REVIEW: “The Art of Racing in the Rain” by Garth Stein

“The Art of Racing in the Rain” by Garth Stein

321 pages, paperback

First published May 13, 2008, by Harper Collins

My synopsis

Enzo is basically a human — a very insightful human — in a dog’s body. He loves auto racing as much as, if not more than, his master Denny. We follow Enzo from his puppy days to old age, and experience along with him all the love, excitement, loss and turmoil that two-legged and four-legged life brings.

If your dog could talk, what kinds of stories would he tell? What wisdom would he impart? In “The Art of Racing in the Rain,” Enzo observes the joys and sorrows of his family — Denny, his wife Eve and their young daughter Zoë. He’s learned a lot from watching racing tapes and TV. He blends stories from the Swift household with illustrations from the racetrack that apply to everyday life.

“In racing, they say that your car goes where your eyes go. The driver who cannot tear his eyes away from the wall as he spins out of control will meet that wall; the driver who looks down the track as he feels his tires break free will regain control of his vehicle.

“Your car goes where your eyes go. Simply another way of saying that which you manifest is before you.

“I know it’s true; racing doesn’t lie.”

My review

You can feel, from reading Enzo’s musings, his strong desire to someday be reborn as a human. He tries to behave like one, becoming frustrated when his instincts get the better of him and his limitations — oh, to have opposable thumbs — keep him from doing the things Denny can do. There is so much to love about him. He is the epitome of “man’s best friend,” sticking close by Denny through hellish moments and comforting Eve and Zoë when they’re sick or scared. There are some really heartfelt scenes that gave me a new perspective on the bonds between dogs and humans. And the ending was beautifully moving.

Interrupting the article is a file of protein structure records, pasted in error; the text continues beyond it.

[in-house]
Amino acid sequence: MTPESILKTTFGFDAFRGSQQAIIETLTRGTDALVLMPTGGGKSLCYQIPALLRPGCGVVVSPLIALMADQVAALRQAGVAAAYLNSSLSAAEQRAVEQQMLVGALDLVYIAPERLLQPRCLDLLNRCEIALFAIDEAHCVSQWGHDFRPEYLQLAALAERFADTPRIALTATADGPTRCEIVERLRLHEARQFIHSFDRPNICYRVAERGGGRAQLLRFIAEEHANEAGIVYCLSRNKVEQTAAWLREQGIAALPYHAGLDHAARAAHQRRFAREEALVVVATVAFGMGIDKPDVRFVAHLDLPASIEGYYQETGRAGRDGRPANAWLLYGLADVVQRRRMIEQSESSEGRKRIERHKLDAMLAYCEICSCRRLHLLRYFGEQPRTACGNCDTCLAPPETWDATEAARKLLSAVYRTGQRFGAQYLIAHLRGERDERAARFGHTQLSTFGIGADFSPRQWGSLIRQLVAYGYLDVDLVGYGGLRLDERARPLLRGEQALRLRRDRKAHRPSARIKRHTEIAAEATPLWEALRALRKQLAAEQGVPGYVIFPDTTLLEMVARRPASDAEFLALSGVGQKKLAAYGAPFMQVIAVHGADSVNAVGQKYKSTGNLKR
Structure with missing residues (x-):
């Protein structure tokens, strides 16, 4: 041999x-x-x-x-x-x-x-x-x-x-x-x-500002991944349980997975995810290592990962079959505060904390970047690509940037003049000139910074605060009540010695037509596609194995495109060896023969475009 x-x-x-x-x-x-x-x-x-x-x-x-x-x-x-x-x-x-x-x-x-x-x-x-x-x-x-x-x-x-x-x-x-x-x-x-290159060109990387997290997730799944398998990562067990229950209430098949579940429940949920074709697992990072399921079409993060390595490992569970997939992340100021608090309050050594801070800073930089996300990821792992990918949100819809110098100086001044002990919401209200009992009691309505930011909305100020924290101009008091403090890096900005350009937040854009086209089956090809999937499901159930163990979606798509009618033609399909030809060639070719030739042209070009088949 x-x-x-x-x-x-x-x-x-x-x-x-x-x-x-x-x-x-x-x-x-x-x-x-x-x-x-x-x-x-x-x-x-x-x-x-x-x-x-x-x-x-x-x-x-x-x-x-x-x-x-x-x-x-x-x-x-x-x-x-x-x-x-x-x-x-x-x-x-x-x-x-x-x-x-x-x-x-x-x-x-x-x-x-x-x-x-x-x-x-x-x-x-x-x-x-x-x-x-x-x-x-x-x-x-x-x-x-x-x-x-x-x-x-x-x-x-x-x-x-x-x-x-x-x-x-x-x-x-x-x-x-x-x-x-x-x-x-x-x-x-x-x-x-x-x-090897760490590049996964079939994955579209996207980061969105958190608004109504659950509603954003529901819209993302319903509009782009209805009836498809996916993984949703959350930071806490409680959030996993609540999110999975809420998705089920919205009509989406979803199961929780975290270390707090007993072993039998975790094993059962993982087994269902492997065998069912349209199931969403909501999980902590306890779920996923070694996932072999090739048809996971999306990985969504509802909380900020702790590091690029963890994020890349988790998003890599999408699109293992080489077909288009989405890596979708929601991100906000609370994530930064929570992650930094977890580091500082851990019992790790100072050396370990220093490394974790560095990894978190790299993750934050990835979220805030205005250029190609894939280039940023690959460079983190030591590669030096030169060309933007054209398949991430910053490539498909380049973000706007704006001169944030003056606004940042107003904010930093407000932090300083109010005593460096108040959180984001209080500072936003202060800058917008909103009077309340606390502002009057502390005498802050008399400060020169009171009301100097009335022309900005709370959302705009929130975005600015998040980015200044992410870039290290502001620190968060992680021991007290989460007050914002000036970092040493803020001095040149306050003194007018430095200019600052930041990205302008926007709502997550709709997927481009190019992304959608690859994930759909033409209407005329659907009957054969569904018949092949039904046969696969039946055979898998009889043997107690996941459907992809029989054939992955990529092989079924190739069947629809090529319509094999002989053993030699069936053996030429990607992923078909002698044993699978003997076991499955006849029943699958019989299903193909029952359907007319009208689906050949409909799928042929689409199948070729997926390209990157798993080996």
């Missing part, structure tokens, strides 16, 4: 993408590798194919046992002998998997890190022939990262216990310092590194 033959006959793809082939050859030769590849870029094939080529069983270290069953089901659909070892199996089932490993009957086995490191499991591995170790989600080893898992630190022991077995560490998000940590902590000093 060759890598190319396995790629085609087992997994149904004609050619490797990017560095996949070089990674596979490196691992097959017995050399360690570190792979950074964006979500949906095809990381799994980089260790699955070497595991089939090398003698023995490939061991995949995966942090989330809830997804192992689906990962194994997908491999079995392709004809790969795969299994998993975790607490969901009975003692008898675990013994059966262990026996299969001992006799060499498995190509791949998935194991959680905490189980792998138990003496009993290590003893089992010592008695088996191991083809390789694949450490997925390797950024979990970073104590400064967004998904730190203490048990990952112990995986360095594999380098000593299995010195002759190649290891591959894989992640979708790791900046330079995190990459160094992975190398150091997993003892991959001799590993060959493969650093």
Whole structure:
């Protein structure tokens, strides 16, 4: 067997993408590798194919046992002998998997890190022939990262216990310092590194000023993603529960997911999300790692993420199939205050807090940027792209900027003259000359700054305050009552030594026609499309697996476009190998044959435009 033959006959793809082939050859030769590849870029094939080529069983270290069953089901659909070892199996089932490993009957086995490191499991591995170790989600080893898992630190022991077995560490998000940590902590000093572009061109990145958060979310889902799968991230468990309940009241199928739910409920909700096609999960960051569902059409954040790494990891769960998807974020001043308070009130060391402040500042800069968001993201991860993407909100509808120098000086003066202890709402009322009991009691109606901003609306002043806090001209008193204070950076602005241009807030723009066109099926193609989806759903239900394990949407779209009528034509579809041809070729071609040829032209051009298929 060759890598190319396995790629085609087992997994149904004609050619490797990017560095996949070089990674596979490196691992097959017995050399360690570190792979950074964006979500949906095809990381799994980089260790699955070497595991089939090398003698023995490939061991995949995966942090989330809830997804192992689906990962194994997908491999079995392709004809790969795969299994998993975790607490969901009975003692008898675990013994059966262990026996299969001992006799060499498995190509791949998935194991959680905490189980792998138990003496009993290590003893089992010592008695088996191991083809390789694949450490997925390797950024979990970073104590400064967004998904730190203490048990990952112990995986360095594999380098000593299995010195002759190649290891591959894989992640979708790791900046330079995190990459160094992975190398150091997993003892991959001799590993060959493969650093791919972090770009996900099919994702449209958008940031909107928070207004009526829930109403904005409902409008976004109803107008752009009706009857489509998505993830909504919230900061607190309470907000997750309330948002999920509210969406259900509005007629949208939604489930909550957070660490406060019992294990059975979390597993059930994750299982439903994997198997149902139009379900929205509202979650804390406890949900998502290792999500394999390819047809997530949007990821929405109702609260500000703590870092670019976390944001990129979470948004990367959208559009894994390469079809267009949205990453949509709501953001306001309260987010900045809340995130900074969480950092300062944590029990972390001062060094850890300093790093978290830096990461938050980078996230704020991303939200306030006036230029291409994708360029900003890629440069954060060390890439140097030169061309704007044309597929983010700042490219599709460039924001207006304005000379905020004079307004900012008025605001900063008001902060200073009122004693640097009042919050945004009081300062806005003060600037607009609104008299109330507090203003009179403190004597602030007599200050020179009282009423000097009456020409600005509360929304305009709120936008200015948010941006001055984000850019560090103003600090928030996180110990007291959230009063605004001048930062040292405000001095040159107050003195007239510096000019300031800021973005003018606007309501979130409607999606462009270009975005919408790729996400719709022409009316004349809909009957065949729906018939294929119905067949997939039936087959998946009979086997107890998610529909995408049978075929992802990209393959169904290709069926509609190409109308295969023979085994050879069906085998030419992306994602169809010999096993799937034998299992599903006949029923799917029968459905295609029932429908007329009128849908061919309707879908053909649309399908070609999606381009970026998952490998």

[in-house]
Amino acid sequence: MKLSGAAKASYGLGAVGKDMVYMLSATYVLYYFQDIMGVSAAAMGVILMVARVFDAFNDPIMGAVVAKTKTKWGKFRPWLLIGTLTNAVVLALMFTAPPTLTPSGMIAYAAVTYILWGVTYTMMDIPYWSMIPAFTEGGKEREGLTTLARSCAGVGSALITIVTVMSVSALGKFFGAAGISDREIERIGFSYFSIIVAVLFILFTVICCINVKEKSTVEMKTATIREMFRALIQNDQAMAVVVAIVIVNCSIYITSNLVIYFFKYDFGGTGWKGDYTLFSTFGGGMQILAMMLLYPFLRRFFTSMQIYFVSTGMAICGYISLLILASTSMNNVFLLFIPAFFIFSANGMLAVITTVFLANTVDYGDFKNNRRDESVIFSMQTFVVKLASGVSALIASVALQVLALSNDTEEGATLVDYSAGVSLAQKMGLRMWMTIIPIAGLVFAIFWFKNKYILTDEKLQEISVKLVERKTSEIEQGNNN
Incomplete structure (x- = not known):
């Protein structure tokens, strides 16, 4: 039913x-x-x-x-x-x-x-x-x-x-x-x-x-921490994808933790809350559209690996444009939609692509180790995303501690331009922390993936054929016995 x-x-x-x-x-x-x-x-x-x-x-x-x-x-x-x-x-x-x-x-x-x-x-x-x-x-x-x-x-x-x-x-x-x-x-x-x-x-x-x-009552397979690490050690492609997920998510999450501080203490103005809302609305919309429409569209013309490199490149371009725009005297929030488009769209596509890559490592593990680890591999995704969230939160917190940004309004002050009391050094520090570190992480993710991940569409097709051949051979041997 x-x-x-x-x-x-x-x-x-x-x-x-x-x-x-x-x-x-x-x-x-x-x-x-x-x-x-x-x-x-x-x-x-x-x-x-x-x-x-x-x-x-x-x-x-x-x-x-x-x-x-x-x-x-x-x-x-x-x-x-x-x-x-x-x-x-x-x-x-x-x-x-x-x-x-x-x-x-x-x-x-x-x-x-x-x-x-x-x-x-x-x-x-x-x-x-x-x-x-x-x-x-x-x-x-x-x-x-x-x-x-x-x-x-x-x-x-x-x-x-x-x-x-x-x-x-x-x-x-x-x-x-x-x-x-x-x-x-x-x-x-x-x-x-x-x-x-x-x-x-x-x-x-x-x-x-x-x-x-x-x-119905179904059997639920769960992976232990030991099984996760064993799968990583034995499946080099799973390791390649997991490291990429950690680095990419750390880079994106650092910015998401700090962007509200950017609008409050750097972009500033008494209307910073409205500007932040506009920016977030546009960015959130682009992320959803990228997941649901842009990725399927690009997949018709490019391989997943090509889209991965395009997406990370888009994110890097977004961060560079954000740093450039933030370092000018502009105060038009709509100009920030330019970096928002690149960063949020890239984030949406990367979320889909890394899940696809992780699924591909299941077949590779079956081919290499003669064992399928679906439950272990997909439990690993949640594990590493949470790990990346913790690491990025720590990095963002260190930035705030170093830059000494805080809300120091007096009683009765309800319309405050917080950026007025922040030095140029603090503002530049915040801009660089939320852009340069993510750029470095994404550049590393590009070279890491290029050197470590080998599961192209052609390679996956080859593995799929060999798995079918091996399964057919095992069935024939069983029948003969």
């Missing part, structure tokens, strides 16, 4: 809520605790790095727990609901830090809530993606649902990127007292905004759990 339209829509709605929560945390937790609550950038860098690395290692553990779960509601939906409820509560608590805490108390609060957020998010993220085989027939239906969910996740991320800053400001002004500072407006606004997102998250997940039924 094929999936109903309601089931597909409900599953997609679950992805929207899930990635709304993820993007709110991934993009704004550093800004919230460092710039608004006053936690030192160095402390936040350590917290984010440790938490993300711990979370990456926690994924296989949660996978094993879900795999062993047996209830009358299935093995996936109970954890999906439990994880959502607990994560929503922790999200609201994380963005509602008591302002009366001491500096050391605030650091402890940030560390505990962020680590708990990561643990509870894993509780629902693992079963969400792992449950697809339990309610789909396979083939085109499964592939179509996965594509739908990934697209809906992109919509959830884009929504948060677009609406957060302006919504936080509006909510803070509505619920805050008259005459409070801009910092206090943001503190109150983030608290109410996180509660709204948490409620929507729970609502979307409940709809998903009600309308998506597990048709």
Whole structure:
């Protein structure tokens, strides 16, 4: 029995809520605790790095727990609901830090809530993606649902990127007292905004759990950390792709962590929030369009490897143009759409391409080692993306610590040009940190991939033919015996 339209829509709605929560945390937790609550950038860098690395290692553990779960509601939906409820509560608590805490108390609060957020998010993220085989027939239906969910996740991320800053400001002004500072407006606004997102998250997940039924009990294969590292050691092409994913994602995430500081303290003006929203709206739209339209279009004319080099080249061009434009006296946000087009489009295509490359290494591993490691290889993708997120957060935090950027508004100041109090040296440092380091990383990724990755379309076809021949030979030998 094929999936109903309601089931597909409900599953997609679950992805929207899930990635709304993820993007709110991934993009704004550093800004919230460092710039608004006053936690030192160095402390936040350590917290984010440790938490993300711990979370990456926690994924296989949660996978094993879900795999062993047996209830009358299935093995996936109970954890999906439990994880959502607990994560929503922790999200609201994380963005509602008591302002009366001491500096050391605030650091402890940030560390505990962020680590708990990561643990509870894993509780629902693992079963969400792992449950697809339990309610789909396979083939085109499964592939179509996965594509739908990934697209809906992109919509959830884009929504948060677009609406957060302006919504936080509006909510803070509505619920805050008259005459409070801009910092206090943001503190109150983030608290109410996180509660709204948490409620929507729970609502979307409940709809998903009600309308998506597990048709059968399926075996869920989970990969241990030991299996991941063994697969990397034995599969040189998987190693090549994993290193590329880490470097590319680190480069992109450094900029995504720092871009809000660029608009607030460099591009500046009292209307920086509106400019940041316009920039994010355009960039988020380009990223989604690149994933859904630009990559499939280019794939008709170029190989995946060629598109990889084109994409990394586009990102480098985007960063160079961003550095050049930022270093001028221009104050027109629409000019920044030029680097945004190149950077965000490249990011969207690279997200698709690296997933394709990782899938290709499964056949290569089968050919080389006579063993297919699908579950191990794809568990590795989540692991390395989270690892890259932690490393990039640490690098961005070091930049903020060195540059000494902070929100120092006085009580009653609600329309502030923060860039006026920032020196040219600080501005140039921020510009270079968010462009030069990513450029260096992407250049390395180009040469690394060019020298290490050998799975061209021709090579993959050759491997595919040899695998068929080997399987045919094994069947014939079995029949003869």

The only thing that frustrated me about this book was that Enzo’s philosophical ramblings felt a bit contrived at times, like the author was trying to make him TOO human for his own good. But I’m hard pressed to find anything else I don’t like about this book. At times it made me really sad, but it’s a good reflection of life. And life just sucks sometimes, yeah?

It was such a treat to hear Garth Stein speak last spring about this book and the forthcoming movie adaptation. I hope the film does the novel justice!

About the author

Photo courtesy of garthstein.com; bio courtesy of Goodreads

Garth Stein is the author of four novels: the New York Times bestselling gothic/historical/coming-of-age/ghost story, “A Sudden Light”; the internationally bestselling “The Art of Racing in the Rain”; the PNBA Book Award winner, “How Evan Broke His Head and Other Secrets”; and the magically realistic “Raven Stole the Moon.” He is also the author of the stage play “Brother Jones.” He has a dog, he’s raced a few cars, climbed a bunch of really tall trees, made a few documentary films, and he lives in Seattle with his family. He’s co-founder of Seattle7Writers.org, a non-profit collective of 74 Northwest authors working together to energize the reading and writing public.


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